I tried to get on EEBO this morning, only to find that our institutional subscription has run out. I hadn't heard anything about it, and surely if the library decided to cancel the subscription, one of the librarians would have emailed about it, no? Because in reality, libraries don't make decisions, librarians do, and ours seem to be thoughtful, smart people.
But we have a budget crunch around here and it's pretty overwhelming looking at the numbers. So maybe someone decided that a few folks in the English department don't really need that database? (No one in the history department does England much.)
I'm hoping it's just an end of the year glitch about re-subscribing.
So in my panic, I screwed around on the web, reading some blogs, and ran across a blog I haven't read previously. It's one of those blogs that clearly has its own world going, and its commenters are part of that world; they seem to know each other in non-web ways.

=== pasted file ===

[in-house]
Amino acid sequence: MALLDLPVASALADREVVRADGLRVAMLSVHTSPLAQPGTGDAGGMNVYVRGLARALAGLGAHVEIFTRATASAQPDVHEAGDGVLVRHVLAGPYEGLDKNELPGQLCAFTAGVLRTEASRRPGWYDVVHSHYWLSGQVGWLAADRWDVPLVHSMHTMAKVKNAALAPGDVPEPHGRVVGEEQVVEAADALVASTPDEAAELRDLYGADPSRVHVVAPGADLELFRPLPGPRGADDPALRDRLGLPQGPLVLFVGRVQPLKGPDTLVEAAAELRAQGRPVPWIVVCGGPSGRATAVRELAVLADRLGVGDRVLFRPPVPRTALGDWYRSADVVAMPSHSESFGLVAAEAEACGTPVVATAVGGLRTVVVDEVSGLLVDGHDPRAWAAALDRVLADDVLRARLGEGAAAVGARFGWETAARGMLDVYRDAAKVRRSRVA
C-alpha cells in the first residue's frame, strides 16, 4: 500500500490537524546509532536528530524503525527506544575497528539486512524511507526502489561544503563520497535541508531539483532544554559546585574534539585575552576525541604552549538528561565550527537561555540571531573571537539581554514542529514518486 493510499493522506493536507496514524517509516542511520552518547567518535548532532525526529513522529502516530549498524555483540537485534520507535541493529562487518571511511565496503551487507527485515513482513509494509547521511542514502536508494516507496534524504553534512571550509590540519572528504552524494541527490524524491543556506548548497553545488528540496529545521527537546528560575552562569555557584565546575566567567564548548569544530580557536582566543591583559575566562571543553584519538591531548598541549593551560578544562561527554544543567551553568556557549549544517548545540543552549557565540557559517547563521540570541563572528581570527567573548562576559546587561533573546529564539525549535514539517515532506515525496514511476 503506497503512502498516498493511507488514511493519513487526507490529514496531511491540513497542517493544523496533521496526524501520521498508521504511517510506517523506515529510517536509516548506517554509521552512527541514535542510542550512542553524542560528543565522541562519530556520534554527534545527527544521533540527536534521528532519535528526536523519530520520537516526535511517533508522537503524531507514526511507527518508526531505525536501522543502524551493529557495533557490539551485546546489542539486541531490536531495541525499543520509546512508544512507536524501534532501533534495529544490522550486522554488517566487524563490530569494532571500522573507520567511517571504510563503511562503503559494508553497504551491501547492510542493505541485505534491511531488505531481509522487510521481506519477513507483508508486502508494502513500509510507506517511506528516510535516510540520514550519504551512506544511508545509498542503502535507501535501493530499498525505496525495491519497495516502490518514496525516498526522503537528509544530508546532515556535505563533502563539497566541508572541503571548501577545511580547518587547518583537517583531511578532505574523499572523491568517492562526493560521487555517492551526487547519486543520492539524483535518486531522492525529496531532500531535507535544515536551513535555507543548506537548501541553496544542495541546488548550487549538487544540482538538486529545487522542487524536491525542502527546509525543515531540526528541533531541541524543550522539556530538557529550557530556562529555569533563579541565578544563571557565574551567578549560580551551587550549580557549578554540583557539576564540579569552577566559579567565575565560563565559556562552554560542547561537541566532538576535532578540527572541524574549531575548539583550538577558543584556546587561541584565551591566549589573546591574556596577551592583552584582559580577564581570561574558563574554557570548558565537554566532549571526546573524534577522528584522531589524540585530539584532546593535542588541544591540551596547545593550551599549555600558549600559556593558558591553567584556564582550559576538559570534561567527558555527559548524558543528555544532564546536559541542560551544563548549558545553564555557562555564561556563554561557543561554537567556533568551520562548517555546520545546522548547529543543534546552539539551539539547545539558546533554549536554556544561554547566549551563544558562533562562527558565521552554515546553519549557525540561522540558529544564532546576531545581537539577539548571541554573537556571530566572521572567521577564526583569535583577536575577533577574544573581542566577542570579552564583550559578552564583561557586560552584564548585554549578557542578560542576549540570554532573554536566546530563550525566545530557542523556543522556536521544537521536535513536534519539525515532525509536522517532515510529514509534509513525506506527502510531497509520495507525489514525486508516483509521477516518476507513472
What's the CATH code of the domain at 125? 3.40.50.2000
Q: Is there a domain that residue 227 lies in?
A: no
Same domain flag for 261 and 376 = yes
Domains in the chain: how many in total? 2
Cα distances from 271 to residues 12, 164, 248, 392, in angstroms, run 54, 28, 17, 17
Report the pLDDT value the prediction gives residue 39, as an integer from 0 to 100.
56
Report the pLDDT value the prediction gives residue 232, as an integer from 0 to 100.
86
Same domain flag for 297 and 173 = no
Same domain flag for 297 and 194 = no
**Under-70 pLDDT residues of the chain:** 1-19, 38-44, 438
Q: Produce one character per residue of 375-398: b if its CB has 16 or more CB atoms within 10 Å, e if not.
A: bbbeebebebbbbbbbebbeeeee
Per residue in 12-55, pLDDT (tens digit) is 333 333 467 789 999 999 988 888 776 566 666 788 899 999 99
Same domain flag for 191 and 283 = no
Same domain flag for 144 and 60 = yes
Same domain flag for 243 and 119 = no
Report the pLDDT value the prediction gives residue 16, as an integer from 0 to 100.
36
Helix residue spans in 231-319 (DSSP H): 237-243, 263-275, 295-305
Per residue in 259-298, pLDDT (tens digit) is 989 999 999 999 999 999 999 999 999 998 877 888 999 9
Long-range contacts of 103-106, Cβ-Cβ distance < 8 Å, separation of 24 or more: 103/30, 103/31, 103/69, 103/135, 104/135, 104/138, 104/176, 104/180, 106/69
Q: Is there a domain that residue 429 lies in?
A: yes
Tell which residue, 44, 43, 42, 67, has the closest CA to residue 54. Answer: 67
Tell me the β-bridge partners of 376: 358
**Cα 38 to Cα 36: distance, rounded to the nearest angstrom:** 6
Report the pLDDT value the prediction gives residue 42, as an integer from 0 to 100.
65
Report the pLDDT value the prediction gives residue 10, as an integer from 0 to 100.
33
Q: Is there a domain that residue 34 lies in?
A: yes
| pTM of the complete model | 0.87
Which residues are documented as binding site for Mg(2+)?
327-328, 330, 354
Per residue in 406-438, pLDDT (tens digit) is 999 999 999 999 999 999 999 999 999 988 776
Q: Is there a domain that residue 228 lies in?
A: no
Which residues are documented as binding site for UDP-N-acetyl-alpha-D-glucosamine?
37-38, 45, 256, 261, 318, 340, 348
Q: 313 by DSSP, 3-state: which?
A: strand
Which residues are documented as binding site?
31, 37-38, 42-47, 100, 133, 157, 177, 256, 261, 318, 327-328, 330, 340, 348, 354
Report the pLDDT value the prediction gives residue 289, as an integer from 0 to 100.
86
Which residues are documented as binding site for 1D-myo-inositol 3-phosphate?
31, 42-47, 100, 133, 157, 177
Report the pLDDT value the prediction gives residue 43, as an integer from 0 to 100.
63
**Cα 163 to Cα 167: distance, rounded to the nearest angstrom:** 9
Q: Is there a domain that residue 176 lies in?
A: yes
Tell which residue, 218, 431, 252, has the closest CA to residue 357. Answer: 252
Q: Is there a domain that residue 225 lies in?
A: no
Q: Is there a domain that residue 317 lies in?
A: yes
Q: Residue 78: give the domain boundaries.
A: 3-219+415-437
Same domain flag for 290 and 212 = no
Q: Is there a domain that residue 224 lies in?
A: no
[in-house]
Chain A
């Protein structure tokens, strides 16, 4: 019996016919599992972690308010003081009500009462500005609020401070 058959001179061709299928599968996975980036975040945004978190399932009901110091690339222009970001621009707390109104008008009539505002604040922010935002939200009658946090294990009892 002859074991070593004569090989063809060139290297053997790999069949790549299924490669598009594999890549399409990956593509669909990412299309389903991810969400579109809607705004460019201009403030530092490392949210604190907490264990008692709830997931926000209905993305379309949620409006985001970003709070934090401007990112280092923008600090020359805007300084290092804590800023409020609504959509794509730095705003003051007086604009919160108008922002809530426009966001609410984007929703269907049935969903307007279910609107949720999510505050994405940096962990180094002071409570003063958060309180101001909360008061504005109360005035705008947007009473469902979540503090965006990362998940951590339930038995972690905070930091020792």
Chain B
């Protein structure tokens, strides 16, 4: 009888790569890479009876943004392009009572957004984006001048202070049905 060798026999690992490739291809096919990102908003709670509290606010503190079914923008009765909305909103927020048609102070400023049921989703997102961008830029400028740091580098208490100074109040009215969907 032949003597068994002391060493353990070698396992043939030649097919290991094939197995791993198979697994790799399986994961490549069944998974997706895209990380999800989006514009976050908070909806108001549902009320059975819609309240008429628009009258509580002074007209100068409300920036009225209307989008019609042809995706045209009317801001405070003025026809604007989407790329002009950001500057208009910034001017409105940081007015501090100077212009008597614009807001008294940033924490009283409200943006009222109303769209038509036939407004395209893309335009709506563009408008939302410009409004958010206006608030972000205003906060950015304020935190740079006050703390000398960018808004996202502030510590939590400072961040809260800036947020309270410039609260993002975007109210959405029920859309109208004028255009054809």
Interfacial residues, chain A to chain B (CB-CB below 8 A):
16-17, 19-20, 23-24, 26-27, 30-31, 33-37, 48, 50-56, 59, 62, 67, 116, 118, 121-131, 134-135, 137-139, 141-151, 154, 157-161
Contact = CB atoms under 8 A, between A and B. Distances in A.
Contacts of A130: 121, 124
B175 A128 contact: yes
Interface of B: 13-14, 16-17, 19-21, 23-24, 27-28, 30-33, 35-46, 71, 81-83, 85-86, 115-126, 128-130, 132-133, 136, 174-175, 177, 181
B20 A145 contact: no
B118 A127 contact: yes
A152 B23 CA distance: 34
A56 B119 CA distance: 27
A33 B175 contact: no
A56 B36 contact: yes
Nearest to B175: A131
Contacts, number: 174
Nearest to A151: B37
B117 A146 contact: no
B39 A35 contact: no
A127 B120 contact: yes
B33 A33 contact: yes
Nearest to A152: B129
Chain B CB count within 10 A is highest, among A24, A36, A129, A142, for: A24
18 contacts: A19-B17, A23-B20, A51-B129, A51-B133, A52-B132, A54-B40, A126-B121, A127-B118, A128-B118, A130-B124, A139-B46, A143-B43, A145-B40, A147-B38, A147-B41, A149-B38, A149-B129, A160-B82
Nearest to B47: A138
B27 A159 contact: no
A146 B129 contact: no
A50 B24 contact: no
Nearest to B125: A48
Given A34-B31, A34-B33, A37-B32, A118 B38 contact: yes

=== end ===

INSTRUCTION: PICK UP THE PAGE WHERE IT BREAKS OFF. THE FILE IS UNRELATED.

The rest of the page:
So this blog is just a totally different world, a world of luxury, easy travel, time to travel, drinking tea here and there, chatting about the stuff this or that important person owns.
It's a totally different world.
And it's a grad student blog, a lit grad student, a lit grad student whose undergrad place apparently gives hir free access for life to things such as EEBO. There's discussion of the lattes at fine institutions of research.
It's a far cry from wondering if my institution can afford the c. $4-5K a year subscription fee.
Growing up, I was never really aware that there were people like this student. I mean, I read books about princesses and stuff, but they weren't real. Reading a blog though, makes me think about their reality, though. And it's a totally different reality, though we're nominally in the same line of work.
I wonder if out there, somewhere, is someone reading my blog and looking at my level of privilege with the same sort of alienation? It's easy to imagine.